Make philosophy relevant again

Misunderstanding: After studying “ethics” for many years in university, I don’t know more than the average person about how to behave. I know far less. In that sense, such endeavor is the epitome of uselessness.
On the other hand, not knowing seems to be better (and you rightly ask, where does this judgment come from?) than thinking you do know.

At any rate, I think that a student of philosophy should study real stuff. Philosophy should not, in my opinion, be limited to the study of texts that philosophers have produced. This is precisely how the subject earned its label “navel-gazing”.

Philosophers should wander, literally, on campus. Between a faculty of their choosing and the reinstated interfaculty of philosophy. They should be trained to become the people asking the annoying fundamental questions.
Down with the “courses on Derrida” and the “Habermas-studies”.
Philosophy is more relevant than ever. Philosophers should be trained to be sharper, grittier Yuval Noah Hararis.

“Years after I left the faculty of philosophy, where I had been trained to fence with dull texts, I began my philosophy education…

Make philosophy relevant again was originally published on Meandering home

Burning further apart

Eucalyptus trees depend on fire to release their seeds. Plants need CO2 for their survival. The ignorant, as well as the evil, can point at facts like these to undergird their complacency and inaction in the face of climate change. The ease with which they appear to convince themselves that any worldview matching their lifestyle and habits is the correct one, is chilling.

And if they, the ignorant and the evil, are confronted with scientific evidence, there is always the narrative of Fake News. They can always contrive a story that explains the facts and adheres to their own very low standards.

What happens if you push them further? Do they admit they were wrong? No. Sadly, only very few have that greatness of spirit.

As the fires rage in Australia, climate change deniers are seeking refuge in ever murkier conspiracy theories and pseudoscience. The stories that they are telling themselves, and are spreading on the Internet, become so complex and unverifiable that they will essentially become articles of faith. And we don’t have a cure for faith.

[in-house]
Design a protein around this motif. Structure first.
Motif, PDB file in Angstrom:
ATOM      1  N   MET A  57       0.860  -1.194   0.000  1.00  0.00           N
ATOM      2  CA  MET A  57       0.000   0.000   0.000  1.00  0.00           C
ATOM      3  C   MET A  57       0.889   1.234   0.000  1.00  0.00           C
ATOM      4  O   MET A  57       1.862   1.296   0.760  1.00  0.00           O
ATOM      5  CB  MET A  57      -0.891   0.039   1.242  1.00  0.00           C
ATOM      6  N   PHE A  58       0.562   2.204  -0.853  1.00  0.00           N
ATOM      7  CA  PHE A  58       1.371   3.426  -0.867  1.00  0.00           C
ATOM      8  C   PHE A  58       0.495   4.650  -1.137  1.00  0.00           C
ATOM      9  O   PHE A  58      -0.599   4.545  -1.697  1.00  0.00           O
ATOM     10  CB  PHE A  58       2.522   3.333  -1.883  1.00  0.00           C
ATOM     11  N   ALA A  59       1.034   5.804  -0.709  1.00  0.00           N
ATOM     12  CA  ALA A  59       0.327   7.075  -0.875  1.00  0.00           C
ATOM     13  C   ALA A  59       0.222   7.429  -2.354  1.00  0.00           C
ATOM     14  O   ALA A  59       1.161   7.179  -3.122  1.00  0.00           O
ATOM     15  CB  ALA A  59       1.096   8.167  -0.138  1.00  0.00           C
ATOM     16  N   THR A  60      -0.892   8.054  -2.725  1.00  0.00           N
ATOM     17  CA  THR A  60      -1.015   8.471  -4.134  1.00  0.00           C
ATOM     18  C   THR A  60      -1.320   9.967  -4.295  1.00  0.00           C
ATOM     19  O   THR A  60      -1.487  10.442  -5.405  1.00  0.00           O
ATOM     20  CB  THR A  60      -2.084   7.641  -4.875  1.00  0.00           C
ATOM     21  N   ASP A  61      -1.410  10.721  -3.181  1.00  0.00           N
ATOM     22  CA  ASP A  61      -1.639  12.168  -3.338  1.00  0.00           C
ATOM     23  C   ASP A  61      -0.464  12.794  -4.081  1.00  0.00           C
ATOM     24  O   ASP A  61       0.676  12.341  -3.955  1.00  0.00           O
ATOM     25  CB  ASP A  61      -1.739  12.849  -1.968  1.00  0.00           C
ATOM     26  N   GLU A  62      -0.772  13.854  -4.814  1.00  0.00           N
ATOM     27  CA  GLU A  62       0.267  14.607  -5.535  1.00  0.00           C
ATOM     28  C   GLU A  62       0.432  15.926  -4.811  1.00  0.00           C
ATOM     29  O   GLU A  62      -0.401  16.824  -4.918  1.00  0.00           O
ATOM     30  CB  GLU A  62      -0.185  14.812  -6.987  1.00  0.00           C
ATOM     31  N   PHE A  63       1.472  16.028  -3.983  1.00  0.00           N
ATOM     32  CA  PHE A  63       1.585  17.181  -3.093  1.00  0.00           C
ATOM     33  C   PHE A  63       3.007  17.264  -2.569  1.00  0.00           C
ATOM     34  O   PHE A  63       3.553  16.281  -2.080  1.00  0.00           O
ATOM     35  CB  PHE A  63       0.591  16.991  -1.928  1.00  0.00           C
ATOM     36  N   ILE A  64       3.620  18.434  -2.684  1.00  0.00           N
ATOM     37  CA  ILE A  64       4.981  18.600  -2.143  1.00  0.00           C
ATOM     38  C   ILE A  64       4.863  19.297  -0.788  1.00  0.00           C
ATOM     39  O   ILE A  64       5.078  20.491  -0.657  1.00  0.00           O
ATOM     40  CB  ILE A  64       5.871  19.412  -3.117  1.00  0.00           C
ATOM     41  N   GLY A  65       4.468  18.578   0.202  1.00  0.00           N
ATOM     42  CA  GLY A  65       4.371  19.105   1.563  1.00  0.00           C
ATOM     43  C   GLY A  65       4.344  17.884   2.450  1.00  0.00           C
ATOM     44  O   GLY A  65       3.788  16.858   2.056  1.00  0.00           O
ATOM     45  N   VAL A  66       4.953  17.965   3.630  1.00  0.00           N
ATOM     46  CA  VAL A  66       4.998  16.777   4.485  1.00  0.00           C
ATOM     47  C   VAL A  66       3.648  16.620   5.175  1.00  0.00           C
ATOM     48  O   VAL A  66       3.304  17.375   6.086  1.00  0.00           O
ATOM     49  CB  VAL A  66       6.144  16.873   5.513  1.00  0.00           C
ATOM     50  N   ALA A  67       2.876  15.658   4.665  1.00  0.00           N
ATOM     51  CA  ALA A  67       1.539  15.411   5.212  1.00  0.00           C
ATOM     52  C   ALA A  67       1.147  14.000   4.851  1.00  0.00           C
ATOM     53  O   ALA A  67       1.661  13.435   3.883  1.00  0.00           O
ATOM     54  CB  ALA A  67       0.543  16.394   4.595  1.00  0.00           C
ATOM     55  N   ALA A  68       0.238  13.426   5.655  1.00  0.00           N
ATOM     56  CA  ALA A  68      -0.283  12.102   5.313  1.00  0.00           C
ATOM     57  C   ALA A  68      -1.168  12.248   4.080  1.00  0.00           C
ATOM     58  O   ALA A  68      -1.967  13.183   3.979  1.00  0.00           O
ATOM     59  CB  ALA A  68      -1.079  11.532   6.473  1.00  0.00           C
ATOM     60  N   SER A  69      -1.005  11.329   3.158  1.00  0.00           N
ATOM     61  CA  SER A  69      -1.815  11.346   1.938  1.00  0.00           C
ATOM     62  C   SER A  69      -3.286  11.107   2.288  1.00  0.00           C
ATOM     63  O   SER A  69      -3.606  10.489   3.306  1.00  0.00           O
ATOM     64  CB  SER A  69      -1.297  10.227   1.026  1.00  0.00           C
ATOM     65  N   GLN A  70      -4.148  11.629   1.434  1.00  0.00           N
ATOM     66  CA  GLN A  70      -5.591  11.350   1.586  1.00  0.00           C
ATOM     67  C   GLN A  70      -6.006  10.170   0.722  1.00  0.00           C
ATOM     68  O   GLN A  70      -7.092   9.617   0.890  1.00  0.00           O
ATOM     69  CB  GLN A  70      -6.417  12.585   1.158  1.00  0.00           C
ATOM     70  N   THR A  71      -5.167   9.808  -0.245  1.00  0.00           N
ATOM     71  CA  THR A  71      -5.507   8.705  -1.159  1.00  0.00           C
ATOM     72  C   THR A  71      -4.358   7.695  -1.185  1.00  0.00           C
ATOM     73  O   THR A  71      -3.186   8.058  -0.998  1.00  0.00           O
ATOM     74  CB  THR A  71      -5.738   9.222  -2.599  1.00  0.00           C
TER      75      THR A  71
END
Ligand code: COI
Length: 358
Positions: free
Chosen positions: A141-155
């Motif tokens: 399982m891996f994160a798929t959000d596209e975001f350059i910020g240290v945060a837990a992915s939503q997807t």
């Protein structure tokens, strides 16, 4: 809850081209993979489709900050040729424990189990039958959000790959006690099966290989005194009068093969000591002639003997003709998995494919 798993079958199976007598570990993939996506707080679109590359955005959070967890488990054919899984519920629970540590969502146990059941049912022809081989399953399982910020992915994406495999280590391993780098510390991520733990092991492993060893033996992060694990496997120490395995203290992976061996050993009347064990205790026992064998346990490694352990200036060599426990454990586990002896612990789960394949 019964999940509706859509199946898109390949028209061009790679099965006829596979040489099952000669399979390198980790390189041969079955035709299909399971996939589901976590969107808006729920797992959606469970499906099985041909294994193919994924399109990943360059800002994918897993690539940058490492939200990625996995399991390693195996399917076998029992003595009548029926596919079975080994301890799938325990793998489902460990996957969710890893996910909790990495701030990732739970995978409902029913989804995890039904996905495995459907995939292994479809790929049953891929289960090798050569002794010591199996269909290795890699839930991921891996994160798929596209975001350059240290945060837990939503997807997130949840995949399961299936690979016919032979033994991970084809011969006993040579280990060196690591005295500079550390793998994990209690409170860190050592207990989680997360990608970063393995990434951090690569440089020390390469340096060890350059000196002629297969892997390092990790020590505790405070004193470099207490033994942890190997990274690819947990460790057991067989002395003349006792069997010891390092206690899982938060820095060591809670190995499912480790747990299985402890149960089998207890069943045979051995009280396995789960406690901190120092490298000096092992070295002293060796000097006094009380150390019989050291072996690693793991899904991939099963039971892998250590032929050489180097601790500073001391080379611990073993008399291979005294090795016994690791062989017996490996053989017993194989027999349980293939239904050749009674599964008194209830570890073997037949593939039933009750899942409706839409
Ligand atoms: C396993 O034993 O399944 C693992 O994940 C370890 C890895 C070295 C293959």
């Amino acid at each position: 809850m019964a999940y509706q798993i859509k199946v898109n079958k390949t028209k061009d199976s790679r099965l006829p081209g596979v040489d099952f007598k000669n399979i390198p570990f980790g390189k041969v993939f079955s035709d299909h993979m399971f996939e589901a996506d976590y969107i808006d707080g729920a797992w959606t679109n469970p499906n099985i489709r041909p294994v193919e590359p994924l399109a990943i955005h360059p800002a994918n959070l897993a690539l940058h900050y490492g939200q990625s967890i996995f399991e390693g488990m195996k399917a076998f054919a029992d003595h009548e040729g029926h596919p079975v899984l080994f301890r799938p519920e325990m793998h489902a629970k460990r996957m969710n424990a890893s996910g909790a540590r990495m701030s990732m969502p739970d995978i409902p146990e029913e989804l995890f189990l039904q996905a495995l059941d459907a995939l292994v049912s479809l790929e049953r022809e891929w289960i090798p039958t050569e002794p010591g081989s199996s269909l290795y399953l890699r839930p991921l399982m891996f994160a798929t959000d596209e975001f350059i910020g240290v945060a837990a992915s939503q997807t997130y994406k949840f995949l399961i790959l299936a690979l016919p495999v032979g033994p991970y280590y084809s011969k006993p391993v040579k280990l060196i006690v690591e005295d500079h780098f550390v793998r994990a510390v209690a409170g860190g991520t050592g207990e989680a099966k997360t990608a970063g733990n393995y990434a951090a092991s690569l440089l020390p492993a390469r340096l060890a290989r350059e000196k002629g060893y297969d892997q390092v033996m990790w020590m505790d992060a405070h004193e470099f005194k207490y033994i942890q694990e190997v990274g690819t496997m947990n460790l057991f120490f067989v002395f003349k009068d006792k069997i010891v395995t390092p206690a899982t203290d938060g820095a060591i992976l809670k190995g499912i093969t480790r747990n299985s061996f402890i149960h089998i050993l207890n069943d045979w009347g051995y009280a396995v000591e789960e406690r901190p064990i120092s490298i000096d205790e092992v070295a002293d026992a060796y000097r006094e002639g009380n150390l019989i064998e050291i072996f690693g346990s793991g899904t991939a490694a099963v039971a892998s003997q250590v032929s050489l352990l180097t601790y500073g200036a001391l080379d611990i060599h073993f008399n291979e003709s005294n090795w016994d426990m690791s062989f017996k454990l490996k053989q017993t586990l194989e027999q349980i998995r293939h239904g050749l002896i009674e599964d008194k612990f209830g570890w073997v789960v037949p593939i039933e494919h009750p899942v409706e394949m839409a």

As the fires rage in Australia, climate change deniers are seeking refuge in ever murkier conspiracy theories and pseudoscience.

This is what worries me. To ‘save their face’, continuate their lifestyle, remain accepted by their peers, their minds are compelled to believe a concoction of ad hoc observations, fossil-fuel propaganda, and cherry-picked best seller authors that is very hard to disprove – because it is not a verifiable theory.

Climate change-related disasters pushes the ignorant and evil to the construction of a narrative that is intractible and immune to scientific evidence to the contrary. The best example we have of such idiocy is the Flat Earth Theory. I am afraid we will see theories of a similar level of narrative sophistication in the conversation on climate change. With the powerful vested interests and their ability to manipulate elections in mind, I am also afraid this will be the dominant narrative anywhere outside of disaster zones.

This new narrative could be religious (“God is testing us; this is the punishment for nonbelievers”) or conspiratory (“The elite wants us to pay more taxes”). It will be entirely delusional and proof of the absolute lack of greatness of the ignorant and evil.




Burning further apart was originally published on Meandering home

The your Work should be your Passion Trap

Almost every day, I read or listen to interviews with people who proudly proclaim that they have found the profitability in their passion. They no longer have to ‘work’ and have banned all tedium from their lives. Their message is, unequivocally, that we should aspire to do the same. If we just stick with our unfulfilling jobs, we are not living up to our full potential. In other words, we are failures.

It is a compelling argument, and from the vantage point of somebody who ‘made it’, there seems to be no alternative. If we don’t aspire to that ultimate goal, the merging of work and pleasure, sustenance and joy, there is something wrong with us. All of our life should be meaningful and worthwhile. But what if such extremely high standard is unattainable, wouldn’t it lead to low self-esteem – even more so than the capitalist rat race?

If we expect profitability of our passion, aspiring to emulate the success stories that abound on social media, we will subconsciously discredit those passions that fail to yield a profit. In other words: we remain strictly controlled by the invisible hand of the free market, the mechanism that can no longer be trusted in a time of negative externalities that promise future suffering, yet aren’t yet taxing our current sense of well-being.

Doing the right thing in a world that is focused on short-term pleasure or profit, is not a profitable proposition. Perhaps giving inspirational TED-talks is, or starting a ‘green’ company, but in the arena of competing ideas, you can’t compete with the advertisement budget of corporations. And because the kind of change we need goes against the bottom line of these corporations, it follows that cannot be profitable, at least not at a scale that threatens those corporations.